QuickTime for Java: A Developer's Notebook

Errata for QuickTime for Java: A Developer's Notebook

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The errata list is a list of errors and their corrections that were found after the product was released. If the error was corrected in a later version or reprint the date of the correction will be displayed in the column titled "Date Corrected".

The following errata were submitted by our customers and approved as valid errors by the author or editor.

Color Key: Serious Technical Mistake Minor Technical Mistake Language or formatting error Typo Question Note Update



Version Location Description Submitted By Date Submitted Date Corrected
Printed
Page xiv
bottom of the page; just before the heading "About the Examples"

the text states: "...download sample code, which is located at http://www.oreillly.com/catalog/9780596008222/" whereas, the examples are located at: http://examples.oreilly.com/9780596008222/

Anonymous   
Printed
Page xvi
Midway on the page

java -cp jars/qtj-notebook.jar com.oreilly.qtjnotebook.ch02.SimpleQTPlayer SimpleQTPlayer does not exist in current sample code--BasicQTPlayer does exist however.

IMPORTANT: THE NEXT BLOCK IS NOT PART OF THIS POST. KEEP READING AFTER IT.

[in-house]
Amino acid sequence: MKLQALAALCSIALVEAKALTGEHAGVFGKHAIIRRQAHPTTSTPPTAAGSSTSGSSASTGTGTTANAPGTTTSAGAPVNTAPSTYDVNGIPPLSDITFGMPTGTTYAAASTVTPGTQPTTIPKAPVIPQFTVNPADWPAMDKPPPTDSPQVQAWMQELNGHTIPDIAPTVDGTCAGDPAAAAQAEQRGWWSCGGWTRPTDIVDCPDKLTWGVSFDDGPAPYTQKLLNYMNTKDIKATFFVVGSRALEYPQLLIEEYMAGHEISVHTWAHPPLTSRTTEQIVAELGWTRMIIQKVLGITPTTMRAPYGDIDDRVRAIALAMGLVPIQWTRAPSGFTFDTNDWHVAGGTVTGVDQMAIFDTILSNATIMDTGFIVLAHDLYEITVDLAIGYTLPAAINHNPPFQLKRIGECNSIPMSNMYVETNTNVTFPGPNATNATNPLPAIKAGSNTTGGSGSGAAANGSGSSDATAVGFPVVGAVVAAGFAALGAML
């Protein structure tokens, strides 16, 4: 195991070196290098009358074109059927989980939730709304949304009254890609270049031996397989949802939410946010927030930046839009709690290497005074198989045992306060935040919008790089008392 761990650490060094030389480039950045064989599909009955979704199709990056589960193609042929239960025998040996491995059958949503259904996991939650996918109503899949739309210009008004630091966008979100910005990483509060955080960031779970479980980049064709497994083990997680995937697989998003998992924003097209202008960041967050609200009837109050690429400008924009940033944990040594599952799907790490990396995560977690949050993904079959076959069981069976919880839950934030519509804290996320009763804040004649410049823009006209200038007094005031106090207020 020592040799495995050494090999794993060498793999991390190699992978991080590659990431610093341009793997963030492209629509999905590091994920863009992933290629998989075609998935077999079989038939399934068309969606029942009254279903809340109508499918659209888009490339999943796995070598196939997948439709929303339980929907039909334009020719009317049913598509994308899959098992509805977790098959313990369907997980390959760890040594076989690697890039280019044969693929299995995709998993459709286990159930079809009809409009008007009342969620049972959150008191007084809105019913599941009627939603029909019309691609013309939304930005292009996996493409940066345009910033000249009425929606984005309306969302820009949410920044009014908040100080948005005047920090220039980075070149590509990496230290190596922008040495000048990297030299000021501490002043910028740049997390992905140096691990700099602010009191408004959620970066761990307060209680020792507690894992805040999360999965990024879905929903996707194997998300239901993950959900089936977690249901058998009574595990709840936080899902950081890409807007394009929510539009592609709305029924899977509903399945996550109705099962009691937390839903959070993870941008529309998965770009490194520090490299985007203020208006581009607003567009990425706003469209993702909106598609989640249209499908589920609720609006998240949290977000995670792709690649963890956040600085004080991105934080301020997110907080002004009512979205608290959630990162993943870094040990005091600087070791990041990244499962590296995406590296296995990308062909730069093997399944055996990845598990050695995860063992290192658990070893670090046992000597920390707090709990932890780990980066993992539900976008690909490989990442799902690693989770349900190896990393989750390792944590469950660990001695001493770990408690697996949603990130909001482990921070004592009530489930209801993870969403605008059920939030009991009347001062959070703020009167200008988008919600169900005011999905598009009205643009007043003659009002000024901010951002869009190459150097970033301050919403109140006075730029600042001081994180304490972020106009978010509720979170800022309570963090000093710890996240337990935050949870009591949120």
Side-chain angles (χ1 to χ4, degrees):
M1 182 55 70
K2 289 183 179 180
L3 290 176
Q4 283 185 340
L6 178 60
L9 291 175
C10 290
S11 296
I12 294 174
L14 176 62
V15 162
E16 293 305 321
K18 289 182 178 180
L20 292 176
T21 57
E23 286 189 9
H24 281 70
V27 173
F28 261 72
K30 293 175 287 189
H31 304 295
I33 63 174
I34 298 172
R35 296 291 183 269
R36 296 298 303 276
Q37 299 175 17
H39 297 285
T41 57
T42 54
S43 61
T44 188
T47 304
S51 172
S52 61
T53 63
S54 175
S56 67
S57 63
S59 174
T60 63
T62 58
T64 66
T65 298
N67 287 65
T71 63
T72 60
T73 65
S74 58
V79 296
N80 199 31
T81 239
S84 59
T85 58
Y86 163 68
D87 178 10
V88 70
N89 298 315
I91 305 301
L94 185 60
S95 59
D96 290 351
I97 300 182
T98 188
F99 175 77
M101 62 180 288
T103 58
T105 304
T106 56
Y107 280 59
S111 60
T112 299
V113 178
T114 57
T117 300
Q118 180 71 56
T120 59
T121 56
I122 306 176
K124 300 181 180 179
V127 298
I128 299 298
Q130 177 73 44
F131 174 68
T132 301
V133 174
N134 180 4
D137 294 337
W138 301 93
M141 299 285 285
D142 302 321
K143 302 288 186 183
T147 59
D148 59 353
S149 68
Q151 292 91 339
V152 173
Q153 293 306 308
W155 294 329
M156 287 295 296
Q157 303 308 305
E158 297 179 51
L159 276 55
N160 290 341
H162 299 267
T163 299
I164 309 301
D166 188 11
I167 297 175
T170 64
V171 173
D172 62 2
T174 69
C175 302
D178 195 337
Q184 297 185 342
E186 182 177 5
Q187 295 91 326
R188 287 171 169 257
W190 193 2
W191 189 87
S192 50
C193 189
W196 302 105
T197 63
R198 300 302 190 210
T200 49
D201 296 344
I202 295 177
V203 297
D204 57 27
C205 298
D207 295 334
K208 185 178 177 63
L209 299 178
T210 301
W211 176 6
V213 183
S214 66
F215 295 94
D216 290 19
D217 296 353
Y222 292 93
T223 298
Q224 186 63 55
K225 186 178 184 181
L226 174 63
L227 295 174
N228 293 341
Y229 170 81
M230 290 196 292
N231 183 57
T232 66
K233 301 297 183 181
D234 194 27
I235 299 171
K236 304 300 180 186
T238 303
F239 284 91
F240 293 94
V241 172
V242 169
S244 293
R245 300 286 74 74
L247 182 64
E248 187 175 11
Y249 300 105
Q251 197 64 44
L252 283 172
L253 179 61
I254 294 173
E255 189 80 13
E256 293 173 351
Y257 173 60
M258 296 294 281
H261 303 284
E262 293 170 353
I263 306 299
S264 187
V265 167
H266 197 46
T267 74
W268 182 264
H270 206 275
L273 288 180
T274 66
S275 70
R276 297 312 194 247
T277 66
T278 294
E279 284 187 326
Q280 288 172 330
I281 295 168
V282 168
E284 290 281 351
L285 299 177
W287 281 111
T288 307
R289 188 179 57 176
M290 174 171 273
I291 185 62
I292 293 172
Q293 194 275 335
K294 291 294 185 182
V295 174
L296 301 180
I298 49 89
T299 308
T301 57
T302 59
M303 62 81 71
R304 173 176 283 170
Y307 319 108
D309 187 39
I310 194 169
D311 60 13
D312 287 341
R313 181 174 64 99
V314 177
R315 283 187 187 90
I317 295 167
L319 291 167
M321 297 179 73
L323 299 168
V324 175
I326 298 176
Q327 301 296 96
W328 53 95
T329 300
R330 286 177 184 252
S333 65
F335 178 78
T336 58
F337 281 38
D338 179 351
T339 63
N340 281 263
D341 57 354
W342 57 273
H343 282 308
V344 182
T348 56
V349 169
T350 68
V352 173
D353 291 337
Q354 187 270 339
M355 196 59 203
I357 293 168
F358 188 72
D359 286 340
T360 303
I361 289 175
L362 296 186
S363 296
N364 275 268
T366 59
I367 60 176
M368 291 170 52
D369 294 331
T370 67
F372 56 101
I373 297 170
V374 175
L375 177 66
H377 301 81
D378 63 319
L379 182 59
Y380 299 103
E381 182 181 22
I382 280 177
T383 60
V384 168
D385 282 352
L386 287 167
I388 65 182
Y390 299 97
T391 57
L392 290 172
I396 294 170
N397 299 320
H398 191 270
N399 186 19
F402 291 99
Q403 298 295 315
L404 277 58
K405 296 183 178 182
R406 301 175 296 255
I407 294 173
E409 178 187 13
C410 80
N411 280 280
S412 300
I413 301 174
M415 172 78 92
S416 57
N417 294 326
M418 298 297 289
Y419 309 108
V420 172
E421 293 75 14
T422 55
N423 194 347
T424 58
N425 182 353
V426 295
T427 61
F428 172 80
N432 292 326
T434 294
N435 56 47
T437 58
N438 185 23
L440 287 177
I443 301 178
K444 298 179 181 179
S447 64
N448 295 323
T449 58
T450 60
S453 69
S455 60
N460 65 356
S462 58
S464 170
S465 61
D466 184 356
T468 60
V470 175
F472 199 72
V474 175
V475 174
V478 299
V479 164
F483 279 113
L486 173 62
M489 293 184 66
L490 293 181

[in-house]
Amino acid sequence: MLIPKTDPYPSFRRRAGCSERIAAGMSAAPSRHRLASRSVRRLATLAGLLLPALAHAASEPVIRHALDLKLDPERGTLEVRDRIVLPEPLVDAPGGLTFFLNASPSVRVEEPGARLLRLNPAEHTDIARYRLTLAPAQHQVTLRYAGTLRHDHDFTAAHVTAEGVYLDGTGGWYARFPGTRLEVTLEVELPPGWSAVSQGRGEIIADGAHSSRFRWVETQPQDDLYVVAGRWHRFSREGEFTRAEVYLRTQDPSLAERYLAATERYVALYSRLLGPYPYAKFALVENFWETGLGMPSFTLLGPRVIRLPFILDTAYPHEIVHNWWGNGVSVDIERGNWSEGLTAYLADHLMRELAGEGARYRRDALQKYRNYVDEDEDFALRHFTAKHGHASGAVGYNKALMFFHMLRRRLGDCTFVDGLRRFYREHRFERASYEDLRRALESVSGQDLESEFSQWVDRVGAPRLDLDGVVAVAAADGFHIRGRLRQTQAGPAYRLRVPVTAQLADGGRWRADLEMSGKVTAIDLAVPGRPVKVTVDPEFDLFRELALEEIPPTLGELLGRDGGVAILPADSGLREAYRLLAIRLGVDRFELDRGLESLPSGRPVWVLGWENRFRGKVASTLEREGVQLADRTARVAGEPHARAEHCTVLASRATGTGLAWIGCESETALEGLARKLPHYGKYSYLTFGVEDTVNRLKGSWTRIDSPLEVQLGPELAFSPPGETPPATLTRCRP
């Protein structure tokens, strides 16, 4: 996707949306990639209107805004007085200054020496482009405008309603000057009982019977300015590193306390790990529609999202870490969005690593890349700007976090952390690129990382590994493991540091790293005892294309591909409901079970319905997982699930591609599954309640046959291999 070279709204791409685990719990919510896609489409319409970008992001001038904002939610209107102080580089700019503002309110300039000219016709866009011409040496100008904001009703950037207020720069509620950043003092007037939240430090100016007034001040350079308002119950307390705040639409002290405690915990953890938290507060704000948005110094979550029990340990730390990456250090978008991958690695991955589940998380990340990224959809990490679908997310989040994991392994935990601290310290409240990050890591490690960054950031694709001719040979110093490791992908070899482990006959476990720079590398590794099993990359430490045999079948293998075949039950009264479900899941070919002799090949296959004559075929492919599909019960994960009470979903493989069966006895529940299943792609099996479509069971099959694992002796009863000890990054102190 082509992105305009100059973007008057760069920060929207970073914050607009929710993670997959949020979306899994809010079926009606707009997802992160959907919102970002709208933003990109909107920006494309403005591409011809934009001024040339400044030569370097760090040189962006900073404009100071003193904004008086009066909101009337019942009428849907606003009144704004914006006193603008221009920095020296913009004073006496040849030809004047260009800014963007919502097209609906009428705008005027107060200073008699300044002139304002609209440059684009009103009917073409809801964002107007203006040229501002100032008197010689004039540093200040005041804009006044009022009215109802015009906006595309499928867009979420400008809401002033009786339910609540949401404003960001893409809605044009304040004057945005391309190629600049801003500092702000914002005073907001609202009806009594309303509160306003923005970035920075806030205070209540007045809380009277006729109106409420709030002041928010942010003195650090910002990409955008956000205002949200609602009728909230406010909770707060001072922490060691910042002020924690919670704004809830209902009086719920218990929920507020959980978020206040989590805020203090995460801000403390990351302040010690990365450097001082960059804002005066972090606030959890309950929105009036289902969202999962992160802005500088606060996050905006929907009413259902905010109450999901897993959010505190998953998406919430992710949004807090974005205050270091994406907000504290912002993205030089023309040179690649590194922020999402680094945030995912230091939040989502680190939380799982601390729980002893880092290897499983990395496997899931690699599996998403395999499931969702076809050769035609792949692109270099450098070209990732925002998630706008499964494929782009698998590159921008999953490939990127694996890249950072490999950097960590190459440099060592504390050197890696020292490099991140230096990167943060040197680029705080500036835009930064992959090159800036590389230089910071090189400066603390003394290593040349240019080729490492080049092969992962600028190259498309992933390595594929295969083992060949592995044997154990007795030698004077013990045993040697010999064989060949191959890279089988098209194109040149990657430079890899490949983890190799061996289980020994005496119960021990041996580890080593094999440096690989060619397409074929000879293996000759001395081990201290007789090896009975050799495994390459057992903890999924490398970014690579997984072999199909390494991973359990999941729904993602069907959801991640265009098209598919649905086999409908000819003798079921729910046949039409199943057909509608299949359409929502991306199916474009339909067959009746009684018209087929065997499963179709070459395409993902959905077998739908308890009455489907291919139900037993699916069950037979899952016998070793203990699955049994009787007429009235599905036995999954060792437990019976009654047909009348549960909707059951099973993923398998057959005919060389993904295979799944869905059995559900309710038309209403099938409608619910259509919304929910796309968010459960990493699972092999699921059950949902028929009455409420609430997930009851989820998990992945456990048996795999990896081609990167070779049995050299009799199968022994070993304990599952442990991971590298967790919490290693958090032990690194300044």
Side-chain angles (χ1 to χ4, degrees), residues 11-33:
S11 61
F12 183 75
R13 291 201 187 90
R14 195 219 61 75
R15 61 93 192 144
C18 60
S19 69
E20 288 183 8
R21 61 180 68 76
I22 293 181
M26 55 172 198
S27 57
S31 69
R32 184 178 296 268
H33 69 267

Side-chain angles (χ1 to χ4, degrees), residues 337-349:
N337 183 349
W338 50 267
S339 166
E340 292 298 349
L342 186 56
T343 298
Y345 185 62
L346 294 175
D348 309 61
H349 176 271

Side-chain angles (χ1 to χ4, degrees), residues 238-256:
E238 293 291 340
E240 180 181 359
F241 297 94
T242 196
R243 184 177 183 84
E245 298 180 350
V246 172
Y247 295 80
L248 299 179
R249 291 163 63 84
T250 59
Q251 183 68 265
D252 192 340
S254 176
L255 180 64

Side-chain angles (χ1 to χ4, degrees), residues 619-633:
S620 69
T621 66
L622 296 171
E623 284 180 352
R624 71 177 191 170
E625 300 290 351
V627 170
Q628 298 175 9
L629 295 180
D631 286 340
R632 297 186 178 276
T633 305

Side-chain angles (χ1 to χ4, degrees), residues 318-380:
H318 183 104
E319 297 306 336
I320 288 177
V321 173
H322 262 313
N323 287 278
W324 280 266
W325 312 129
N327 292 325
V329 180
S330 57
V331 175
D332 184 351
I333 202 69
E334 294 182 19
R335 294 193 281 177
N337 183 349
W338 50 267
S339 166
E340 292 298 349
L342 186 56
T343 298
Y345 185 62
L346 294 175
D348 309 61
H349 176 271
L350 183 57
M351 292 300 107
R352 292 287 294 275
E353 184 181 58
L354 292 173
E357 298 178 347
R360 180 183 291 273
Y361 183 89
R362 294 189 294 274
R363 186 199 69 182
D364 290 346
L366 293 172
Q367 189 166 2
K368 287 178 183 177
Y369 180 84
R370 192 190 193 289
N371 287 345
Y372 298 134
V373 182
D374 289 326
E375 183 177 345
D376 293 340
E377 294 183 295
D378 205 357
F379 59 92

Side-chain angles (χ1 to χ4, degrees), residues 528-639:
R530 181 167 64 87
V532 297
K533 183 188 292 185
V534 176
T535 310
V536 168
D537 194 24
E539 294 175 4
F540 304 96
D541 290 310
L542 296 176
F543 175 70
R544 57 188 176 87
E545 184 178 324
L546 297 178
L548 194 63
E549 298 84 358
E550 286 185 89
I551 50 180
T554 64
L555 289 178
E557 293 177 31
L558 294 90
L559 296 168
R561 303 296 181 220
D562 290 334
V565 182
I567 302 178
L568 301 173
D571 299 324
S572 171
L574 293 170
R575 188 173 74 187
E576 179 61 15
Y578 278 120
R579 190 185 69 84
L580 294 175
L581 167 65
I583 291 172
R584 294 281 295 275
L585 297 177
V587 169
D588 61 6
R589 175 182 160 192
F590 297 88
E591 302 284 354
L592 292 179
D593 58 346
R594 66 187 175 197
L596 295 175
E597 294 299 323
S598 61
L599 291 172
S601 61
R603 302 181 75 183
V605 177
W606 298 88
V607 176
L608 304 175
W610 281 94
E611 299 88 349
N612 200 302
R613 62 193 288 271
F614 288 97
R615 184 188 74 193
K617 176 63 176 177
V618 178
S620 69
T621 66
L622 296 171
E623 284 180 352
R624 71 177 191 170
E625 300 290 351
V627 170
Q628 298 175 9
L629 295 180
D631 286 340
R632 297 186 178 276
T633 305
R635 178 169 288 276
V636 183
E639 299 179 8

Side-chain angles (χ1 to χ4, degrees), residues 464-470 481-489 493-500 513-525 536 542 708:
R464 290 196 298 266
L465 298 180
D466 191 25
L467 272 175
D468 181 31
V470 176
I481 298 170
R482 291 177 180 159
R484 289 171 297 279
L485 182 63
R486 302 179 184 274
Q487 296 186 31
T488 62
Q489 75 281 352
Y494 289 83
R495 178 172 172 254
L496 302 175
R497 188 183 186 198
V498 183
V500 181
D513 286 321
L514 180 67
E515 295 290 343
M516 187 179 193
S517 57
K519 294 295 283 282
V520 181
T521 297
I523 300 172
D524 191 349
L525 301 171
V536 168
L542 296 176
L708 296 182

Anonymous   
Printed
Page 36
BasicQTURLController.Java source

I confirmed with the author that the BasicQTURLController.Java program fails in Windows but does work properly in OS X. A bug report has been submitted to Apple.

Anonymous   
Printed
Page 199
8th line

The code in the book works as shown, but needs a fix when non-zero timecodes are used. Here we go: This code works when the timecode is 00:00:00;00 -- i.e., when you construct the TimeCodeTime object as shown in the example -- but if you use other timecode values, you get incorrect values on Windows. This is because later on, when inserting the sample into the timecode track, you must use big-endian values for any data you put in a QuickTime data structure, for reasons described later (on pp. 207-8). This example doesn't do that, so when using non-zero timecodes, it works on Mac but not Windows. To expose the problem, change: TimeCodeTime tcTime = new TimeCodeTime (0, 0, 0, 0); to TimeCodeTime tcTime = new TimeCodeTime (1, 2, 3, 4); To then fix the problem, you need to apply an endian-fix to the frame number returned from timeCoder.toFrameNumber, before you add the frame number as a sample to the timecode track. An easy place to fix that is to change: frameNums[0] = frameNumber; to frameNums[0] = EndianOrder.flipNativeToBigEndian32 (frameNumber); This will create a timecode track that begins at 01:02:03;04, on both Mac and Windows.

Anonymous